Advertisers, stop combing the sports pages for the next superstar with a 30 point-per-game average and a Pepsodent smile.
Finally, the heir apparent to Michael Jordan's endorsement throne has been found!
It isn't Shaquille O'Neal. That rap stuff doesn't sell hamburgers, big guy. And it isn't Nancy Kerrigan. She's too corny.
Nope, the new Michael Jordan is (DRUM ROLL PLEASE!) ... Michael Jordan.
Yes, six months after his retirement from the National Basketball Association-a move many industry soothsayers predicted would doom his $32 million-a-year endorsement career-Mr. Jordan remains king of the sports celebrity mountain. He's still pitching for McDonald's Corp., Nike and Quaker Oats Co.'s Gatorade in high-profile, high-concept national ad efforts.
Mr. Jordan's durability is only one reason Advertising Age has named him 1993's Star Presenter. In fact, the honor leaps beyond the many ads he appeared in last year, a mixed bag of classic campaigns (Nike's "What If I Was Just a Basketball Player" from Wieden & Kennedy, Portland, Ore., and McDonald's Corp.'s "Showdown" with Larry Bird from Leo Burnett USA, Chicago), gaudy excess (Jordan and Bugs Bunny on Mars? Hello? Earth to Nike ...) and utter nonsense (Would Jordan really jump that high for Sara Lee Corp.'s Ball Park hot dog? Would anyone?).
Instead, consider it a lifetime achievement award. For Mr. Jordan's 1993 retirement underscored his contributions not only to the NBA but to all of sports marketing.
"Michael Jordan's superhuman skill on-court and personality off-court helped dramatically to build additional audiences for the NBA," said David Schreff, NBA Properties VP-general manager of marketing. "And in terms of sports marketing and endorsements, he has set a standard that will take some time for anyone to reach again."
Put more succinctly:
"He sold a hell of a lot of tickets and put a lot of money in other people's pockets," said Alan Friedman, editor of Chicago-based Team Marketing Report. "He's another Arnold Palmer and Jack Nicklaus. He'll be around forever."
Mr. Jordan said: "I want to thank Advertising Age for this prestigious award. It is especially gratifying to be recognized for breaking down traditional barriers in advertising and for opening the window of opportunity for today's generation of athletes."
Mr. Jordan was drafted by the Chicago Bulls in 1984. He entered the NBA in the midst of a renaissance, at a time when the likes of Larry Bird, Magic Johnson and, perhaps most importantly, Commissioner David Stern were leading the league out of the Dark Ages fraught with management-player squabbles and image-tarnishing drug abuse.
But the Air Jordan phenomenon really didn't take off until the late '80s, when the Bulls began winning playoffs and championships, and when Nike paired Mr. Jordan with Spike Lee and Gatorade got America humming with "Be Like Mike."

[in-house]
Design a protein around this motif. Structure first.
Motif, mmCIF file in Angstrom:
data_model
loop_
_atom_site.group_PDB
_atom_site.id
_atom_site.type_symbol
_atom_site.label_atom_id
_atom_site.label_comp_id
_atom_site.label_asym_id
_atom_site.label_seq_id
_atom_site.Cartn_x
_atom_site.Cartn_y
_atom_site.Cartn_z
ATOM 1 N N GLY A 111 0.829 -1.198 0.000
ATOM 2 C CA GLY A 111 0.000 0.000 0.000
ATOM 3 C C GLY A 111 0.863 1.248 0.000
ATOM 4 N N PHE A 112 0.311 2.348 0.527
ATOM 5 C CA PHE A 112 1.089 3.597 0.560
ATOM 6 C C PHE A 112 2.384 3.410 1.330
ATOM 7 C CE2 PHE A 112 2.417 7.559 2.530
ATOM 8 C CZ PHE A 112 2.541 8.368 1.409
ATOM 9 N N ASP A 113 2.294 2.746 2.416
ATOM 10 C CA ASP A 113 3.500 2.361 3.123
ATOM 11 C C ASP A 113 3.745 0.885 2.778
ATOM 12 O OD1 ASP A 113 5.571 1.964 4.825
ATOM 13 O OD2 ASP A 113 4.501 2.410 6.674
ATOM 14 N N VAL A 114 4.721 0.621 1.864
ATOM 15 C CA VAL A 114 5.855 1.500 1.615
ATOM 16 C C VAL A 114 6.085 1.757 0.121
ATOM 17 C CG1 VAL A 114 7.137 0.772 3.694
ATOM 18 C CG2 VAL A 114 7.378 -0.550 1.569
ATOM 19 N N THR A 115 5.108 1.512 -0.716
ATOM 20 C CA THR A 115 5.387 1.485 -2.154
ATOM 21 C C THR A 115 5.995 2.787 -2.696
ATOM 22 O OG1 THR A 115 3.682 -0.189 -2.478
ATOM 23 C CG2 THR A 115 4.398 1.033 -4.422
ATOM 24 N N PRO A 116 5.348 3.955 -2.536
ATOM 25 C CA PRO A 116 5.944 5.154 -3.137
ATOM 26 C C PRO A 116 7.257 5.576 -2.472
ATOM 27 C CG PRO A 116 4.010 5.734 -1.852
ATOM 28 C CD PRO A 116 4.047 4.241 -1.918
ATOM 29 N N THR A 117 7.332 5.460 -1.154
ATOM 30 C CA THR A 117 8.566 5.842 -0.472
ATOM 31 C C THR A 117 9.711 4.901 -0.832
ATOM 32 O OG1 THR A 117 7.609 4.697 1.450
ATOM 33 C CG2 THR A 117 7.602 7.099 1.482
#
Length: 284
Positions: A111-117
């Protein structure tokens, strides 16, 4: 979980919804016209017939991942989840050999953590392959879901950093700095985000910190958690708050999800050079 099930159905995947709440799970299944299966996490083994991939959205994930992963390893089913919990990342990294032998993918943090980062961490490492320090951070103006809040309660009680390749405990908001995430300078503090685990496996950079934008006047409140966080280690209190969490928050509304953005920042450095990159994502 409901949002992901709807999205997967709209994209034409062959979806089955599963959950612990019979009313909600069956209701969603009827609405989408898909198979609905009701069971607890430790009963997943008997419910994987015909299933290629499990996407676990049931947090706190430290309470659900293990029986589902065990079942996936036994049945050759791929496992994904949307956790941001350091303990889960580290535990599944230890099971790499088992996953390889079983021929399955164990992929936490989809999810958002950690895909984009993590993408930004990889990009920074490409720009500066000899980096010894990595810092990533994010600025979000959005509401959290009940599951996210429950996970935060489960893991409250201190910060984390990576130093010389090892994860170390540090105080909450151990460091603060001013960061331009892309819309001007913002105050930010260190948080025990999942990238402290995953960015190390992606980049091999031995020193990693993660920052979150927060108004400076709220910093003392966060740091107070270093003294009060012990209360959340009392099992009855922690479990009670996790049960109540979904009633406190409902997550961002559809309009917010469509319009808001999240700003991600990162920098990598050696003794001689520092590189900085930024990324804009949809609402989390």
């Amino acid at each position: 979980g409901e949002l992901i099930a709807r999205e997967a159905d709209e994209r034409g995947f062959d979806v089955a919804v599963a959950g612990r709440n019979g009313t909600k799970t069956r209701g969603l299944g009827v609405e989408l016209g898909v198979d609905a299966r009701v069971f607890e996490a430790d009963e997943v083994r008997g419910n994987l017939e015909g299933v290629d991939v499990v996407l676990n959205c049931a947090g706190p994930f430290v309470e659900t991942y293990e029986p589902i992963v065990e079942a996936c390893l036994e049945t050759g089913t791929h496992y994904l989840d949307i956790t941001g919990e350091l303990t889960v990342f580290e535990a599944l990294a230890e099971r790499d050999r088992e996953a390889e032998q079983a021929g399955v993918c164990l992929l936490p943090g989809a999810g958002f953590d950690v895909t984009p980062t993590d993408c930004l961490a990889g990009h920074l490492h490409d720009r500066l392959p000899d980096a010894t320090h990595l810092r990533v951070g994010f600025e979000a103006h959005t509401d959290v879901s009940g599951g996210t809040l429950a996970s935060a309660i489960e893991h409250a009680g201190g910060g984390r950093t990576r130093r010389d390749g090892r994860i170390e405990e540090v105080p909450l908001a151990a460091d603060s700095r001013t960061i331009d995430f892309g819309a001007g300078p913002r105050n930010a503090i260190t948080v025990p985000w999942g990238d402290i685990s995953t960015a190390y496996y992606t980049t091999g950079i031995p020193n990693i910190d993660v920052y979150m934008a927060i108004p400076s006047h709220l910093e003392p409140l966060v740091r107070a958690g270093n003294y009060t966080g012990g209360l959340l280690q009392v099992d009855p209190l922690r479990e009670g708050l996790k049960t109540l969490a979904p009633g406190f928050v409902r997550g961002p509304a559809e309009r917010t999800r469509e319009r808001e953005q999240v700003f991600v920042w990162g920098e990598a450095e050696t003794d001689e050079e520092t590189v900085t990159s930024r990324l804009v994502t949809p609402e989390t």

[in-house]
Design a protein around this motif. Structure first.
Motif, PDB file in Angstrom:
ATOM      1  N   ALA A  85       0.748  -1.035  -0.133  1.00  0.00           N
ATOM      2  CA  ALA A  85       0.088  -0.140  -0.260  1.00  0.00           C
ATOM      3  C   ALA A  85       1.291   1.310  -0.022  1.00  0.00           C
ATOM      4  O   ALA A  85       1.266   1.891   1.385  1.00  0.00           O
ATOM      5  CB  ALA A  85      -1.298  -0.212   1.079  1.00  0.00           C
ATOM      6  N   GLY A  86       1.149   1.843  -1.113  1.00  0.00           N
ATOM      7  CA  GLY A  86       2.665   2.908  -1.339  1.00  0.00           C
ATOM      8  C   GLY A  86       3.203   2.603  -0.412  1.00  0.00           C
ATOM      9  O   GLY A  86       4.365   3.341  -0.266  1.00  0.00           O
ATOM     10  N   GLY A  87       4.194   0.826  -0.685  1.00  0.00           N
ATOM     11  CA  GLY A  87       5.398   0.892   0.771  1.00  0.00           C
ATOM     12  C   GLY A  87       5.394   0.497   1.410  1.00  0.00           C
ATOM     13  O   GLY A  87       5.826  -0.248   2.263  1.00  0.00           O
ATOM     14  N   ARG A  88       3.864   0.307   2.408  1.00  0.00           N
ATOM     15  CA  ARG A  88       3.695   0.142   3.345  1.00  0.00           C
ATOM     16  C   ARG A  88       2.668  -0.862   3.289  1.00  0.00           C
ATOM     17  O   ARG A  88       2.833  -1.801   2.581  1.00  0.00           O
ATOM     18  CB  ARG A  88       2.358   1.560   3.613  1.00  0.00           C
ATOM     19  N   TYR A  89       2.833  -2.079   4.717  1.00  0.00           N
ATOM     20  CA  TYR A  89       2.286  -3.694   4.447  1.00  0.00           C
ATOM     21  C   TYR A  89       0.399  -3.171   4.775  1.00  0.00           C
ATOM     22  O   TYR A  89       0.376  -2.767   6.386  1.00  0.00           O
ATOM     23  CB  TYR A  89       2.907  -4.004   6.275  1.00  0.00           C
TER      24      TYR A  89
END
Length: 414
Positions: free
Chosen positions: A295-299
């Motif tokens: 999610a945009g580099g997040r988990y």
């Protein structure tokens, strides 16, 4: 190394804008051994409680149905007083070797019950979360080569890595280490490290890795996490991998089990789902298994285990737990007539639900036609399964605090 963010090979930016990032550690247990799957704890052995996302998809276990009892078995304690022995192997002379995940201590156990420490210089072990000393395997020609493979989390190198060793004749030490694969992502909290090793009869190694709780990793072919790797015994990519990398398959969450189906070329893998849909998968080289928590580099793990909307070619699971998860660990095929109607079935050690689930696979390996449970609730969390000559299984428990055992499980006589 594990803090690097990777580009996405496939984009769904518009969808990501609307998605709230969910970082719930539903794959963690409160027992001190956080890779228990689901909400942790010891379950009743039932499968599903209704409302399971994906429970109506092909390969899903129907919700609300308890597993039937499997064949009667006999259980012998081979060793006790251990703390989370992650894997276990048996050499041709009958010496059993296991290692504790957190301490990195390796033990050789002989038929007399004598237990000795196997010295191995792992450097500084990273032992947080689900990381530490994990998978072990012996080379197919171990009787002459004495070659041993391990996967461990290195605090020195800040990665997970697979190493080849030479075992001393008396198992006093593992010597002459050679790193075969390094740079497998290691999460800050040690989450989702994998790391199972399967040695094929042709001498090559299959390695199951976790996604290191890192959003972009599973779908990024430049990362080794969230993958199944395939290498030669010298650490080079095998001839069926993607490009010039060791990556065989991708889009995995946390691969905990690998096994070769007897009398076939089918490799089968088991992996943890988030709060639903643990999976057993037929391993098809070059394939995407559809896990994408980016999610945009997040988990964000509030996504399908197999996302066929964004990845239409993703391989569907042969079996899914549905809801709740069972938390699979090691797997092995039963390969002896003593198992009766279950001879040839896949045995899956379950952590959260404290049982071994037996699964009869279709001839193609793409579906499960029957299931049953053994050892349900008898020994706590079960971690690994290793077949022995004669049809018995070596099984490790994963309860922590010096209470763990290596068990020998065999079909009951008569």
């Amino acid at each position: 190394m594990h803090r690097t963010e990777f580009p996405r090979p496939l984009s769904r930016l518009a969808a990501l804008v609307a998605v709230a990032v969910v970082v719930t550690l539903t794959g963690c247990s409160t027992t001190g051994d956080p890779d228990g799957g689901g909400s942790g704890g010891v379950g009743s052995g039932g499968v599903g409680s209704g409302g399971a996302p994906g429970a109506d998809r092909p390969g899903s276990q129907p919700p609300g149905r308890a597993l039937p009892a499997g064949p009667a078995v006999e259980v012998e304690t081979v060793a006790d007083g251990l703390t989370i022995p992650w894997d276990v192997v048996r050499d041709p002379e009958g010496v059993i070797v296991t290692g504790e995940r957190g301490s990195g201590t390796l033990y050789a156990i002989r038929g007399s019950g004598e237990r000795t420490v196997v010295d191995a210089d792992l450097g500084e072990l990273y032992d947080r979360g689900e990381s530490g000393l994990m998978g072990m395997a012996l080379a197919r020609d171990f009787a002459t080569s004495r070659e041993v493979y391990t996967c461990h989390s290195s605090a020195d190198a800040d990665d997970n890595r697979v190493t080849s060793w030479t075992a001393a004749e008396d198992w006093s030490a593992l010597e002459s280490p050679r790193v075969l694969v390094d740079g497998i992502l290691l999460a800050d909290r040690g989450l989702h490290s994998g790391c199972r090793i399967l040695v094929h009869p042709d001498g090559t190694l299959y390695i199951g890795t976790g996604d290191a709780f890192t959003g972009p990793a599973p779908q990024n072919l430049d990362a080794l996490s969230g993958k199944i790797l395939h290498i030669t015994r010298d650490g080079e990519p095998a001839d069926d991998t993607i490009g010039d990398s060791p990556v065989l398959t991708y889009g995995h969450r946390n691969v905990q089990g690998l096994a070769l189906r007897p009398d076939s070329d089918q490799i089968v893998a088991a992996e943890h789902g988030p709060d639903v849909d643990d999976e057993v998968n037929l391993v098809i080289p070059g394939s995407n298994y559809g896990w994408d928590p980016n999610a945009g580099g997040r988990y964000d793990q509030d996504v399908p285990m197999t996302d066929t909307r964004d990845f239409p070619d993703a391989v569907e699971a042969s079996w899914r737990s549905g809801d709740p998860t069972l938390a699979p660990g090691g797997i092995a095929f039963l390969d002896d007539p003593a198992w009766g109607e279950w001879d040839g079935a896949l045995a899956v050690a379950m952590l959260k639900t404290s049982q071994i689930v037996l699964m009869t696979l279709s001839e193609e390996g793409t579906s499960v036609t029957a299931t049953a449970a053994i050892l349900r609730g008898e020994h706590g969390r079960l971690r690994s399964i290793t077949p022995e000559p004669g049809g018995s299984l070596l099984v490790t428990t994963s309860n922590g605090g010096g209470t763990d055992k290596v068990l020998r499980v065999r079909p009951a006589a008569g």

"We had a game plan when we started out, but we had no idea opportunities existed on this level," said David Falk, Mr. Jordan's attorney and marketing agent. "Michael wasn't manufactured; he reached his level of marketability by being who he is and by his play."
When Mr. Falk shopped his client around as a rookie, he wasn't looking for mere endorsement deals but long-term commitments to spend media dollars on Mr. Jordan and use him as a vehicle to drive sales.
Mr. Falk said companies were reluctant at first. Such deals were reserved for white athletes in upscale, individual sports, like golf and tennis, not those in team sports-and not African-Americans.
Still, marketers like Coca-Cola Co., McDonald's and Wilson Sporting Goods saw enough potential to sign Mr. Jordan to long-term deals early on.
Chicago area marketers were quick to tap the budding superstar, as well. In recent years, Mr. Jordan has appeared in several witty spots for Chicagoland Chevrolet Dealers, via Eisaman, Johns & Laws.
But it was Nike that proved Michael Jordan could be used to build brands and make millions of dollars. Nike structured its basketball shoe business around him and launched prime-time ad campaigns.
Still, it was a slow build.
"We wanted to create a slow burn around Michael," said Scott Bedbury, Nike advertising director. "It was three or four years before Michael uttered his first words in a Nike spot. And by that time, with the Spike Lee commercials, we had created a myth around Michael but not from Michael."
A decade of advertising from Wieden and Chiat/Day, Venice, Calif., and eight generations of Air Jordans later, Nike now owns half of the basketball shoe market.
The next challenge is how to market a now-retired (from basketball) Mr. Jordan, whose sponsor deals won't expire until the year 2000. Each provided for the possibility of his retirement.
"Michael doesn't need to play to stay marketable," Mr. Falk said, "but clearly, we and his sponsors have to come up with creative ways to use him."
And while Mr. Jordan's baseball aspirations may seem an obvious hook, many companies are holding off. They're either not willing to exploit Mr. Jordan's every athletic endeavor or just waiting to see how serious he is about baseball.
There are those who believe Mr. Jordan's success can be duplicated. But if the troubled relationship between Reebok International and Shaquille O'Neal is any indication (AA, Feb. 21), Mr. Jordan's success can't be reduced to a formula.
"It's an evolutionary process. You can't market a player with a manufactured image ... consumers see right through that," Mr. Falk said. "Athletes shouldn't try to be `the next Michael Jordan.' The challenge for them is to not `Be Like Mike,' but be something different. Something new.'